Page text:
Exceptional property in Northern Greenbrier County

Agent Contact:
Richard Grist, 304.645.7674


Welcome to the Renick Valley Farm. Historically, this 445+/- acre farm is one of northern Greenbrier County’s better grazing and timber boundaries. The farm has spectacular views from every direction, sweet limestone soil and exceptional year round springs. The farm was homesteaded in the 1800’s and has remained a productive agricultural and timber property for well over 100 years.

Located 20 minutes to Lewisburg and 1 hour to Snowshoe Resort, the property is well situated in the beautiful Renick Valley. The Greenbrier River and River Trail is just a 10 minute drive and the Monongahela National Forest and Watoga State Park is nearby as well.


Address: No 911 address is currently available
Renick, WV 24966

The Renick post office is 3 miles south.

Excellent access. Property is fronted by state maintained paved US Route 219 for nearly one mile. It also fronts on paved CR 7 (Brownstown Rd) for 6/10th mile. Several farm roads and timber trails provide excellent internal access.

Situated within a 20-minute drive of Interstate 64 and 90 minutes of Interstates 81 and 77, the property is easily accessible from major population centers throughout the east. Washington DC is 4.5 hours, Charlotte 4 hours and Richmond is 3.5 hours.

Google Coordinates:
LAT 38.023035N
LON 080.3249851W

Elevation range: 2,223’ to 2796’


Total Acreage 445+/-

Taxes 2013: $321.77
Class II tax classification

The property is recorded as two tracts in Greenbrier County

1st Tract

Owner: Falling Springs LLC
Greenbrier County
Falling Springs District (#4)
240 acres +/-
Map 53
Parcels 12 & 13
Deed Book 502, Page 202

2nd Tract

Owner: Renick Valley LLC
Greenbrier County
Falling Springs District (#4)
201 acres+/-
Map 46
Parcel 22
Deed Book 519, Page 146


Electric and phone service is on site.

Cell Coverage is marginal in this area but is improving as new towers are installed along the major US 219 corridor.


There are a total of 230 acres in open land. There is a level 40 acre hay field on the northern boundary. The remaining 190 acres is dedicated to permanent pasture.

Presently, the boundary is supporting about 80 cow/calf pairs.

The fencing on the property is considered good. With over 1 ½ miles of hardtop frontage, the access is considered excellent.


There are several springs located throughout the property. One spring in particular is located in a rock outcrop higher up on the hill that could be developed as a domestic water source if so desired.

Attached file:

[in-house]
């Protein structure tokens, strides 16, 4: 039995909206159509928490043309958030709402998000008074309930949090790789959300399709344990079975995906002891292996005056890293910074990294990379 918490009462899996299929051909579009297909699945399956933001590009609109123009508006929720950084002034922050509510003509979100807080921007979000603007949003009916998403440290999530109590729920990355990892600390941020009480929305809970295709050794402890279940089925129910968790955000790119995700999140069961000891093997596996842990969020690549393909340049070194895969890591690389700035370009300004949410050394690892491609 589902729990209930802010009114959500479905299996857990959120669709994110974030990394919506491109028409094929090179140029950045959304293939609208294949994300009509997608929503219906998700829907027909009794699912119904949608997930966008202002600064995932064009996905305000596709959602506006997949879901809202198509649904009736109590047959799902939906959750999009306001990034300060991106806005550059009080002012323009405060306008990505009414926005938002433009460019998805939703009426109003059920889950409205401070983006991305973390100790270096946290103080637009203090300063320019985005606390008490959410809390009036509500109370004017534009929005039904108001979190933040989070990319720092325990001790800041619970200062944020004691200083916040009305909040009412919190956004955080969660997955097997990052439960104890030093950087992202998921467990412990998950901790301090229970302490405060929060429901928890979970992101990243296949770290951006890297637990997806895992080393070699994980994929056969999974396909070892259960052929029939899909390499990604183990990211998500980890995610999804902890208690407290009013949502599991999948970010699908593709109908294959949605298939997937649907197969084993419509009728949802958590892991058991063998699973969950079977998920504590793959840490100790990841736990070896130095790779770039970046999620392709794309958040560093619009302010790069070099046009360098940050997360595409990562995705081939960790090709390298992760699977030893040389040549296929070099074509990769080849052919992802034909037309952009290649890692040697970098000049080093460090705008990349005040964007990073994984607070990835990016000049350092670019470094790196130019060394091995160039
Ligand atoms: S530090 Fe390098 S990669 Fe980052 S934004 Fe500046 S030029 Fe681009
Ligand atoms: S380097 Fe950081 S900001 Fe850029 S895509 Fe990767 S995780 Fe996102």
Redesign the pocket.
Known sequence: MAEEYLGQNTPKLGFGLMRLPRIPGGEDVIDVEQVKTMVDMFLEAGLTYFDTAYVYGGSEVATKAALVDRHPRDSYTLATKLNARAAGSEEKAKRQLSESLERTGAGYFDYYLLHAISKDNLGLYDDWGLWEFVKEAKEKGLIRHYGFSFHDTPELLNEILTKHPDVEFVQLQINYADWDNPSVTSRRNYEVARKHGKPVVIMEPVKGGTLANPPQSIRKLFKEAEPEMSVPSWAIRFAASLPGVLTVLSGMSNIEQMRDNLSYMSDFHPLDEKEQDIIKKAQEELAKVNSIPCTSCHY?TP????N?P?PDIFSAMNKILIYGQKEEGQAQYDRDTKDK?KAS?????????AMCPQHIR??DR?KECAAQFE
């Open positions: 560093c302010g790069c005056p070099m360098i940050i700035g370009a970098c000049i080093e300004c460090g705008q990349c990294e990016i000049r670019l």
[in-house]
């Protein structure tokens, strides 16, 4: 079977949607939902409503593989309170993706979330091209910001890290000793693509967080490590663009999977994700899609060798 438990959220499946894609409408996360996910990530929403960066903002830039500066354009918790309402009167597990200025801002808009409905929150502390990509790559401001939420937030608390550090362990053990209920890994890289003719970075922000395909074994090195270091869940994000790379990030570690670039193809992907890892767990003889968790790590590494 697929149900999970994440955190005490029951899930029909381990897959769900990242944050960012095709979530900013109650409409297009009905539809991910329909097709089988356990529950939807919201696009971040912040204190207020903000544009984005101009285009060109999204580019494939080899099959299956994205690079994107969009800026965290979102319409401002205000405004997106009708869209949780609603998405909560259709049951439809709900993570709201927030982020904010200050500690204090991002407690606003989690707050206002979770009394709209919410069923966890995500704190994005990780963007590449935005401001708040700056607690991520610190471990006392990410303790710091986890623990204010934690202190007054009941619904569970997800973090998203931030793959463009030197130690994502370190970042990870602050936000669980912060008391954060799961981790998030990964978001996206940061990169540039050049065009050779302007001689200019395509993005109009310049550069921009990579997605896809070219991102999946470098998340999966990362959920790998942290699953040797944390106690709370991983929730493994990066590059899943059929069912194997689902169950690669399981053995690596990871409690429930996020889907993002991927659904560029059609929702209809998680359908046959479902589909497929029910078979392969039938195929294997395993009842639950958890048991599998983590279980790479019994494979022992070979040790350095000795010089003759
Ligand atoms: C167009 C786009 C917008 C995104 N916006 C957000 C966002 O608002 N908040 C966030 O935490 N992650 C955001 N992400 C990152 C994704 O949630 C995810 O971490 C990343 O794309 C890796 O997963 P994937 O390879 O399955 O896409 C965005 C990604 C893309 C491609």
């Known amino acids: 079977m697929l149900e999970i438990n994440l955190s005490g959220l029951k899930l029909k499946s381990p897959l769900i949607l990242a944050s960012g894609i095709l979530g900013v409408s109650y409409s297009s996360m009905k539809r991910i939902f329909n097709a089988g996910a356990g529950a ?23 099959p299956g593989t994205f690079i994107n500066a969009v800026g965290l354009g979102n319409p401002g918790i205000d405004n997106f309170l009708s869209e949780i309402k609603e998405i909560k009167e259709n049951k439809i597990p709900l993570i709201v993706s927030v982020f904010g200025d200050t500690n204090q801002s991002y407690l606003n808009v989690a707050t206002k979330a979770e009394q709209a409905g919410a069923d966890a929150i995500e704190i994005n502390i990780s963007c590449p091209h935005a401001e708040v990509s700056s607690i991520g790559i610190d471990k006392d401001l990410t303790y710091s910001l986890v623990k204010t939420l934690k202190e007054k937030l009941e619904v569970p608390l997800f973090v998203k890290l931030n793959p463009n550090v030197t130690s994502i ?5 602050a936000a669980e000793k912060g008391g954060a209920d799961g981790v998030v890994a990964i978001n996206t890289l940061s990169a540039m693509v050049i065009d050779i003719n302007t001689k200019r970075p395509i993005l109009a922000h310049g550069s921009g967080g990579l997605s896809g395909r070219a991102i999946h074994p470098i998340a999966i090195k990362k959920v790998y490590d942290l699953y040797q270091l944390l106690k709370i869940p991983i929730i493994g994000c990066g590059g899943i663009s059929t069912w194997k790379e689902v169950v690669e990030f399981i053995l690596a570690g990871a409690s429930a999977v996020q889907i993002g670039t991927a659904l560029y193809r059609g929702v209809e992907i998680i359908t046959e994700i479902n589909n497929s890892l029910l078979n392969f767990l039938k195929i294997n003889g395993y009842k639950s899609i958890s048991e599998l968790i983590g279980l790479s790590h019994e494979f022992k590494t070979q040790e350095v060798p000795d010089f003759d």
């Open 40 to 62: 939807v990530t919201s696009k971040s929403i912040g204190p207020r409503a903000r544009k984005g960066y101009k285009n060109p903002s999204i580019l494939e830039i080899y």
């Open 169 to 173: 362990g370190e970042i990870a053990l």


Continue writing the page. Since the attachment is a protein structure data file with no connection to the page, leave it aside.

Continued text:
A small farm pond is located on the northeastern boarder of the property.

Several ephemeral streams are located in the hollows and interspersed throughout the property creating a dynamic environment. Large trees, moss, ferns and wildflowers growing along the streams create a serene and tranquil setting.


The Renick Valley Farm has approximately 215 acres of forestland. The forest is an interesting mix of majestic old growth “Heritage Trees”, valuable timber stands and emerging forest. The property’s agricultural and scenic terrain is complemented by a richly diverse temperate forest ecosystem. Major commercial species include white oak, red oak, yellow poplar, hickory, the maples, ash and black cherry. Along field edges, cathedral oaks and maples provide a scenic backdrop while creating ideal mast sources for wildlife.

Valuable Timber– Complementing the property’s strong aesthetic attributes is a timber resource that is well positioned for value appreciation over the coming decade. With an attractive species mix, adequate stocking levels, and favorable diameter class distribution, the timber amenity represents a strong component of value to the investor.

A timber inventory for the purpose of forest management planning was conducted by Clear Creek Forest Management, LLC in 2013 using systematic point sampling with 88 BAF 10 factor points taken. This highly detailed inventory data report may be found under the Maps and Documents section on this page. As this data is based on an inventory not intended for timber valuation, investors are advised to consult with a professional forester who understands inventory and valuation issues.

Roughly one half of the forest experience active forest management in the mid 1990’s in the form of a silvicultural thinning & selective harvest under the supervision of a professional forester. Since the time of the thinning, the residual trees and young seedlings have grown at a rapid rate. Most of the forest stands are 50-80 years in age, containing pole-size to medium sawlog-sized stems, which display overall good vigor, form and crown health.